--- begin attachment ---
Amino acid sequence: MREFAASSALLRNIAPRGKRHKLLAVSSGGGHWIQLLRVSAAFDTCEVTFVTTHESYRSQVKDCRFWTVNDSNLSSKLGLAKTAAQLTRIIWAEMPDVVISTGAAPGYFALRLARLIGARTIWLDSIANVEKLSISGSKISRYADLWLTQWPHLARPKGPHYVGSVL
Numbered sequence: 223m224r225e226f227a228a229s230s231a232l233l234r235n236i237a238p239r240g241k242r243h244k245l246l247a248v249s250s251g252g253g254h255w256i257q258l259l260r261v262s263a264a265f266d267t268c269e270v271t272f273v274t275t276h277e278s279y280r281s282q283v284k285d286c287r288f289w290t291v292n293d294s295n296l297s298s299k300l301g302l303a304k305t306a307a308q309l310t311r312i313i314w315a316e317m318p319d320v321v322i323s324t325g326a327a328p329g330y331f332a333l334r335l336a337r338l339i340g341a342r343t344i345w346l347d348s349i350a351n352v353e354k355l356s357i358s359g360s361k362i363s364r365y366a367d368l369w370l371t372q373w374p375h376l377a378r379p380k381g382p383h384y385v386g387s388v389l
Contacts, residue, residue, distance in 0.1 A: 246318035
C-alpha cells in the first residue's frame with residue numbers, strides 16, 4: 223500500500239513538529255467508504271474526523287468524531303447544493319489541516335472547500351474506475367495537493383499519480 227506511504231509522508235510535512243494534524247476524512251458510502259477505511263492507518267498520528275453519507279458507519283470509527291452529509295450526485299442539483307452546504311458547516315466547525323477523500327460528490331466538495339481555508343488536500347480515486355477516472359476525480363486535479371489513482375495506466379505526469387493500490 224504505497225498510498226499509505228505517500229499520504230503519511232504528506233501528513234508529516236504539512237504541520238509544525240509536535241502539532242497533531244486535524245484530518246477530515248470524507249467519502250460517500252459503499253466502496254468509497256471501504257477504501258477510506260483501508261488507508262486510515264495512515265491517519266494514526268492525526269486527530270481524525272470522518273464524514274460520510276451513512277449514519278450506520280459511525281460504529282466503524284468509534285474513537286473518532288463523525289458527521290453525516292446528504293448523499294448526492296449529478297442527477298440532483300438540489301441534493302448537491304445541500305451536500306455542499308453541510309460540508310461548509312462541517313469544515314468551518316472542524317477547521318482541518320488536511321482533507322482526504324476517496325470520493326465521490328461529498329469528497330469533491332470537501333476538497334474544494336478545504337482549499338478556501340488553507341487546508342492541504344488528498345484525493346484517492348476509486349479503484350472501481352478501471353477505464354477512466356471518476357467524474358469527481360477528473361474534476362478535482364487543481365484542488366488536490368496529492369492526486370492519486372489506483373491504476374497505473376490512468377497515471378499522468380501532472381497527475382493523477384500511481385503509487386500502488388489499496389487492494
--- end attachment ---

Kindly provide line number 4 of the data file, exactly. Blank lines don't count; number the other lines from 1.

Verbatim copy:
C-alpha cells in the first residue's frame with residue numbers, strides 16, 4: 223500500500239513538529255467508504271474526523287468524531303447544493319489541516335472547500351474506475367495537493383499519480 227506511504231509522508235510535512243494534524247476524512251458510502259477505511263492507518267498520528275453519507279458507519283470509527291452529509295450526485299442539483307452546504311458547516315466547525323477523500327460528490331466538495339481555508343488536500347480515486355477516472359476525480363486535479371489513482375495506466379505526469387493500490 224504505497225498510498226499509505228505517500229499520504230503519511232504528506233501528513234508529516236504539512237504541520238509544525240509536535241502539532242497533531244486535524245484530518246477530515248470524507249467519502250460517500252459503499253466502496254468509497256471501504257477504501258477510506260483501508261488507508262486510515264495512515265491517519266494514526268492525526269486527530270481524525272470522518273464524514274460520510276451513512277449514519278450506520280459511525281460504529282466503524284468509534285474513537286473518532288463523525289458527521290453525516292446528504293448523499294448526492296449529478297442527477298440532483300438540489301441534493302448537491304445541500305451536500306455542499308453541510309460540508310461548509312462541517313469544515314468551518316472542524317477547521318482541518320488536511321482533507322482526504324476517496325470520493326465521490328461529498329469528497330469533491332470537501333476538497334474544494336478545504337482549499338478556501340488553507341487546508342492541504344488528498345484525493346484517492348476509486349479503484350472501481352478501471353477505464354477512466356471518476357467524474358469527481360477528473361474534476362478535482364487543481365484542488366488536490368496529492369492526486370492519486372489506483373491504476374497505473376490512468377497515471378499522468380501532472381497527475382493523477384500511481385503509487386500502488388489499496389487492494